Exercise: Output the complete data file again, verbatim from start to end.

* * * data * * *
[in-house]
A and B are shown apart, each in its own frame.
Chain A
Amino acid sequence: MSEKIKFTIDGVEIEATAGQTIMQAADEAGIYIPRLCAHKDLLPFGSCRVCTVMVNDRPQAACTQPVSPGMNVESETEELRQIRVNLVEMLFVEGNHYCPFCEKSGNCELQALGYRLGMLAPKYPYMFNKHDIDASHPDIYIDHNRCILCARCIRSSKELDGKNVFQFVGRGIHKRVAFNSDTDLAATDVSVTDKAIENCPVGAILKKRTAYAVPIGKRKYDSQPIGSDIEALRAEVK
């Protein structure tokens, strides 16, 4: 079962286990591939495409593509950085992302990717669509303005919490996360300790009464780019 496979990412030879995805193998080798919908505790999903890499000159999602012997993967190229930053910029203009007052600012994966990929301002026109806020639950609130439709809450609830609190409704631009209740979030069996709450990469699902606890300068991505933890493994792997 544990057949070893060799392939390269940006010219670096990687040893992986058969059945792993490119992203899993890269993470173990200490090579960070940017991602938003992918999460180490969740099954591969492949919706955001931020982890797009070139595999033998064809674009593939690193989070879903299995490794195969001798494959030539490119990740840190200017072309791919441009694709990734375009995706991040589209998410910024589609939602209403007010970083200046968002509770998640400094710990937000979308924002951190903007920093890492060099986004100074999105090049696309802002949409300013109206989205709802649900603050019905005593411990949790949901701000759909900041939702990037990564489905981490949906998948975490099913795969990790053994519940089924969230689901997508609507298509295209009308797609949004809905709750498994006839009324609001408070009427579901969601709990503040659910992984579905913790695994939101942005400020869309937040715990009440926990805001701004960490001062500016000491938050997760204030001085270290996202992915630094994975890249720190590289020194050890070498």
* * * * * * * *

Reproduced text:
[in-house]
A and B are shown apart, each in its own frame.
Chain A
Amino acid sequence: MSEKIKFTIDGVEIEATAGQTIMQAADEAGIYIPRLCAHKDLLPFGSCRVCTVMVNDRPQAACTQPVSPGMNVESETEELRQIRVNLVEMLFVEGNHYCPFCEKSGNCELQALGYRLGMLAPKYPYMFNKHDIDASHPDIYIDHNRCILCARCIRSSKELDGKNVFQFVGRGIHKRVAFNSDTDLAATDVSVTDKAIENCPVGAILKKRTAYAVPIGKRKYDSQPIGSDIEALRAEVK
């Protein structure tokens, strides 16, 4: 079962286990591939495409593509950085992302990717669509303005919490996360300790009464780019 496979990412030879995805193998080798919908505790999903890499000159999602012997993967190229930053910029203009007052600012994966990929301002026109806020639950609130439709809450609830609190409704631009209740979030069996709450990469699902606890300068991505933890493994792997 544990057949070893060799392939390269940006010219670096990687040893992986058969059945792993490119992203899993890269993470173990200490090579960070940017991602938003992918999460180490969740099954591969492949919706955001931020982890797009070139595999033998064809674009593939690193989070879903299995490794195969001798494959030539490119990740840190200017072309791919441009694709990734375009995706991040589209998410910024589609939602209403007010970083200046968002509770998640400094710990937000979308924002951190903007920093890492060099986004100074999105090049696309802002949409300013109206989205709802649900603050019905005593411990949790949901701000759909900041939702990037990564489905981490949906998948975490099913795969990790053994519940089924969230689901997508609507298509295209009308797609949004809905709750498994006839009324609001408070009427579901969601709990503040659910992984579905913790695994939101942005400020869309937040715990009440926990805001701004960490001062500016000491938050997760204030001085270290996202992915630094994975890249720190590289020194050890070498």